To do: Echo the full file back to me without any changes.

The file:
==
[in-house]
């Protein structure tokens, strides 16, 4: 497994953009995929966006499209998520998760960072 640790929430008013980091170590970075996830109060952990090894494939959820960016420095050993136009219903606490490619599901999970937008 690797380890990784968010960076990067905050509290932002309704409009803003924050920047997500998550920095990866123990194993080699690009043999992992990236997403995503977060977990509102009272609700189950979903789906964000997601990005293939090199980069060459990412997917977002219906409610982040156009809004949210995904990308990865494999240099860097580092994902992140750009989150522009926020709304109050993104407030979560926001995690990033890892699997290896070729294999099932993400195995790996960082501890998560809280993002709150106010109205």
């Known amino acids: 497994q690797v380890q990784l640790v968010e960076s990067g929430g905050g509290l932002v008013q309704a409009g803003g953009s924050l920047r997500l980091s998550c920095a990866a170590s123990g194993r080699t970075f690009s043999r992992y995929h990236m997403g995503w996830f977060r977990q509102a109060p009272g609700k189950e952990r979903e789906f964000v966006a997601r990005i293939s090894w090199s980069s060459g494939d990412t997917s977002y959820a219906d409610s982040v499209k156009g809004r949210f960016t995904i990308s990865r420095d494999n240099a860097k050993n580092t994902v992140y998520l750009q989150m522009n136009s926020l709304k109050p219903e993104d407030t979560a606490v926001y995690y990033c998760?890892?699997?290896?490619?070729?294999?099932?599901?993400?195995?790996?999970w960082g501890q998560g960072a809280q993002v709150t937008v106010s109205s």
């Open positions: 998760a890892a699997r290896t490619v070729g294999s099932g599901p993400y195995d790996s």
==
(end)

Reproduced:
[in-house]
């Protein structure tokens, strides 16, 4: 497994953009995929966006499209998520998760960072 640790929430008013980091170590970075996830109060952990090894494939959820960016420095050993136009219903606490490619599901999970937008 690797380890990784968010960076990067905050509290932002309704409009803003924050920047997500998550920095990866123990194993080699690009043999992992990236997403995503977060977990509102009272609700189950979903789906964000997601990005293939090199980069060459990412997917977002219906409610982040156009809004949210995904990308990865494999240099860097580092994902992140750009989150522009926020709304109050993104407030979560926001995690990033890892699997290896070729294999099932993400195995790996960082501890998560809280993002709150106010109205």
């Known amino acids: 497994q690797v380890q990784l640790v968010e960076s990067g929430g905050g509290l932002v008013q309704a409009g803003g953009s924050l920047r997500l980091s998550c920095a990866a170590s123990g194993r080699t970075f690009s043999r992992y995929h990236m997403g995503w996830f977060r977990q509102a109060p009272g609700k189950e952990r979903e789906f964000v966006a997601r990005i293939s090894w090199s980069s060459g494939d990412t997917s977002y959820a219906d409610s982040v499209k156009g809004r949210f960016t995904i990308s990865r420095d494999n240099a860097k050993n580092t994902v992140y998520l750009q989150m522009n136009s926020l709304k109050p219903e993104d407030t979560a606490v926001y995690y990033c998760?890892?699997?290896?490619?070729?294999?099932?599901?993400?195995?790996?999970w960082g501890q998560g960072a809280q993002v709150t937008v106010s109205s």
């Open positions: 998760a890892a699997r290896t490619v070729g294999s099932g599901p993400y195995d790996s």